I love the look of the sari and would love to walk around in one.. alas, I would look pretty silly here in the U.S... But I did buy one... I am going to cut it up and make something else from it. I bought this at one of the street markets and bargained it down to about $12.00. It is raw silk with lots of gold (not real) beads. The front end has open lace work as well. One of my many bargains!

My real favorites though for comfort is the Salwar Kameeze with and without Dupati (shawl). This consists of a tunic top which can be long or short and a pair of leggings which also come in different styles. They can be out of a cotton stretchy knit or a trouser with a tube bottom for the legs either in cotton or silk. The leg part is very long and is meant to pool at the ankle. The other style is like a harem pant that narrows at the ankle.  So I went a bit overboard... I bought 10 such outfits including a tunic jacket made out of a Pashmina. Some of these I picked up in the market stalls and some in real shops. Some were dirt cheap ($8), most were inexpensive ($25-40), a few a bit more ($75) and I splurged on the jacket .... $100... but the matching pants were $8. Other than the real cheap ones, these were all 3 piece sets. Here is the eye candy:

Long silk tunic, cotton pants, silk shawl
Long silk tunic, cotton pants, silk shawl

long hand embroidered silk tunic, harem style cotton/silk blendpants and silk shawl
short cotton top with hand embroidery, cotton leggings

Long silk tunic, silk/cotton harem pants, silk shawl

short cotton tunic, leggings

Pashmina tunic
Some of the other outfits I was wearing in photos so no need to add them here.

Varanasi or Benares is renowned for their textiles. Many of them are done with gold and silver threads and are gorgeous, but because of the prices for gold these days, these have become pretty pricey.  Besides saris, they make wall hangings, table runners, shawls, and throws. They also make non  metallic fabrics woven in gorgeous designs as well and these are more to my taste. We bought a table runner in a silk and wool blend as a gift, and here is where I picked up my silk yardage ( see previous post). The photo of the runner is not true to color. The red is really a much deeper wine color. The interior design is a small paisley. This is only half the runner.

There are some other pieces that I cannot post as yet because they are being given as gifts and the recipients do not have them as yet.... after Christmas I will post those.

This last piece is the my most favorite as art. It is going up on a wall. It measures 79" x 100" and is an antique piece. It is made from old silk fabrics with heavy metallic embroidery, mirrors, stones (not sure if glass or semi precious). There were 3 of these in total but in other colors. I wish I could have afforded them all... not to mention I have no place to put them. I have pictures of the others....These were priced by weight... and they are heavy.  I am putting up an overall but a slide show of some of the detail works. I just have to figure out a way to hang it. It's OK to drool on the screen :-).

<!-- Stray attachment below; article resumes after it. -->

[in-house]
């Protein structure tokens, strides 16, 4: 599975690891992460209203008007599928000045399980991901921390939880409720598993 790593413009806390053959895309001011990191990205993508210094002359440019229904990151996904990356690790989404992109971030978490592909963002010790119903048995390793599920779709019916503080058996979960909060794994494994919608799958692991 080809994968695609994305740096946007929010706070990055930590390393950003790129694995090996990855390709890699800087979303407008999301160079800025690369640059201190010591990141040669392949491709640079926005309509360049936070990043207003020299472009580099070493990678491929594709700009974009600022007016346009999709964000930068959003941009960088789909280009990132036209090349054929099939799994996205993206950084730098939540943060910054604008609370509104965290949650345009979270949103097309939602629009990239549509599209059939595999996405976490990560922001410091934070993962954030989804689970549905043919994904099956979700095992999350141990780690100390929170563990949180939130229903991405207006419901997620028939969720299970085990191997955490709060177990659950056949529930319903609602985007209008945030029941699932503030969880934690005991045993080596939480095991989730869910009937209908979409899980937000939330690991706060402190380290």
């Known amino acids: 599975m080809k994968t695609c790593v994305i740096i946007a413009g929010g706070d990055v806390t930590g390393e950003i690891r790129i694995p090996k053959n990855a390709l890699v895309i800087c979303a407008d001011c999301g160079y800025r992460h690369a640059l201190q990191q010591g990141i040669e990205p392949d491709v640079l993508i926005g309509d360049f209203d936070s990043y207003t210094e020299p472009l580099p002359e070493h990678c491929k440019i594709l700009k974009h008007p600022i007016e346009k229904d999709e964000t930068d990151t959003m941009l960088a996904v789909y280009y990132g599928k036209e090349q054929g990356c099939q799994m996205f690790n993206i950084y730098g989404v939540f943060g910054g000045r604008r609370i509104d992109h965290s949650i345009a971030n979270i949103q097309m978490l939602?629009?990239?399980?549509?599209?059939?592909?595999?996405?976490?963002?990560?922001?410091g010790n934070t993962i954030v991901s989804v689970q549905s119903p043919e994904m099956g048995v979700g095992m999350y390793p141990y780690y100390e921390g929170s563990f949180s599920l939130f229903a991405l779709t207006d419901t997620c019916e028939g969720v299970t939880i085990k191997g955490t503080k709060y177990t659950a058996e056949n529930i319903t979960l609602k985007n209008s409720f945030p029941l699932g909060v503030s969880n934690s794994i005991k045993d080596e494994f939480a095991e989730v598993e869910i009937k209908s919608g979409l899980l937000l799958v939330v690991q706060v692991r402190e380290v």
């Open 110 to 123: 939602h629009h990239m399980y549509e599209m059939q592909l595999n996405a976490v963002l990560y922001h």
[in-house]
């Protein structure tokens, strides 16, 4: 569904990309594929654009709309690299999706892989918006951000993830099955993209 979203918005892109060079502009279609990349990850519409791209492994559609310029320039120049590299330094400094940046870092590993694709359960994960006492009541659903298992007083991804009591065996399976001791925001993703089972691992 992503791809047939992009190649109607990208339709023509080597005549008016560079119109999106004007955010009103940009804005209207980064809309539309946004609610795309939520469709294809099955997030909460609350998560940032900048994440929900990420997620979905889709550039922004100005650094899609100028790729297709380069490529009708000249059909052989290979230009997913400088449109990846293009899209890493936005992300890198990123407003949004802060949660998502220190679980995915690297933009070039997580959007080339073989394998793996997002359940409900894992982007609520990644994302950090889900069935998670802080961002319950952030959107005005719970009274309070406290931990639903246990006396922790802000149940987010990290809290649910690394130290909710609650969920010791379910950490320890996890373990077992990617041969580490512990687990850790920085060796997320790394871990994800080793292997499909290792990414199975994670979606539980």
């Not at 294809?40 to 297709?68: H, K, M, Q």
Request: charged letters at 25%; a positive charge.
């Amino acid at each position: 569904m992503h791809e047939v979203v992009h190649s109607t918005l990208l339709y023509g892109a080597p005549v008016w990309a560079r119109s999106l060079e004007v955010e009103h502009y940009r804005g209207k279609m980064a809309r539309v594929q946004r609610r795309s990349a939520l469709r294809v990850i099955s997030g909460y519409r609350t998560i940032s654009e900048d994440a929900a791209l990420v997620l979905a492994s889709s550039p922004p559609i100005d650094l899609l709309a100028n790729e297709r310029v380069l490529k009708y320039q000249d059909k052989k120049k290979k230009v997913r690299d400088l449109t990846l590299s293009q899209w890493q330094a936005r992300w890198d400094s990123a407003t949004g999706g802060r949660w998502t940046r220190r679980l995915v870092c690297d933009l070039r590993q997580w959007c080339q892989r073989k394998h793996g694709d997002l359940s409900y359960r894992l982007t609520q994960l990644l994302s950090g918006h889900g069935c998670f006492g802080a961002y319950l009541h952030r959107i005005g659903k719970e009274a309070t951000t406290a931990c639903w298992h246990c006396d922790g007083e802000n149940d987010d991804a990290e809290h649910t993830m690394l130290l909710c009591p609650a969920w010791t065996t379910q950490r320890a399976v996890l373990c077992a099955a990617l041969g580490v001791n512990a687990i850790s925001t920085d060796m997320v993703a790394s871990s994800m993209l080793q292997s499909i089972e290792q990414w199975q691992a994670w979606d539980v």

Friday, December 10, 2010

Back to some Textiles

I purchased some trimmings. Not sure what I am going to do with them but they are lovely. These we got in Ahmedabad.

I don't usually buy touristy type stuff but I succumbed to one piece... it is hand made and it was cheap and it really epitomizes what people expect. I bought it on the street in Mumbai. It is just this side of tacky but I will put it somewhere.  You will notice that some of the pictures are against my lavender shag carpeting. I do not have another area in my house big enough to spread out some of these and I did not want to deal with shadows.

I bought 2 vintage silk quilts. They are made from old sari silk and all hand stitched. One has been given as a gift. They are over 50 years old.
They are about queen size.

I love shawls and throws and I love Pashmina. Pashmina wool comes from the pashmina goat which is indigenous to the high altitudes around the Himalayas. They are hand spun, woven and embroidered traditionally in Kashmir and made from fine cashmere fiber. Pure Pashmina is very gauzy and fragile so now it is blended with 30% silk. Some are 50% silk but I did not get those.  Because of all the unrest in the Kashmir area, many of these craftsman have moved elsewhere and are part of cooperatives. We visited the showroom of one of them.. and I went a bit nuts.  I bought 3 king size throws and some shawls. By Indian standards these were very expensive. By our standards they were cheap.... and I know where to get more. We had most of this stuff shipped home. Some of the big name international designers have been contracting for these throws. They are ordering 80 in each design and colorway. It takes a weaver 2 months to make one so extras are made in case something goes wrong. Each weaver has his own "hand" so someone else could never fill in and finish it up. Each is slightly different from the others. The extras are sold for a fraction of the price the branded ones. I bought 2 designs by Etro and one who I have now forgotten. I love paisley.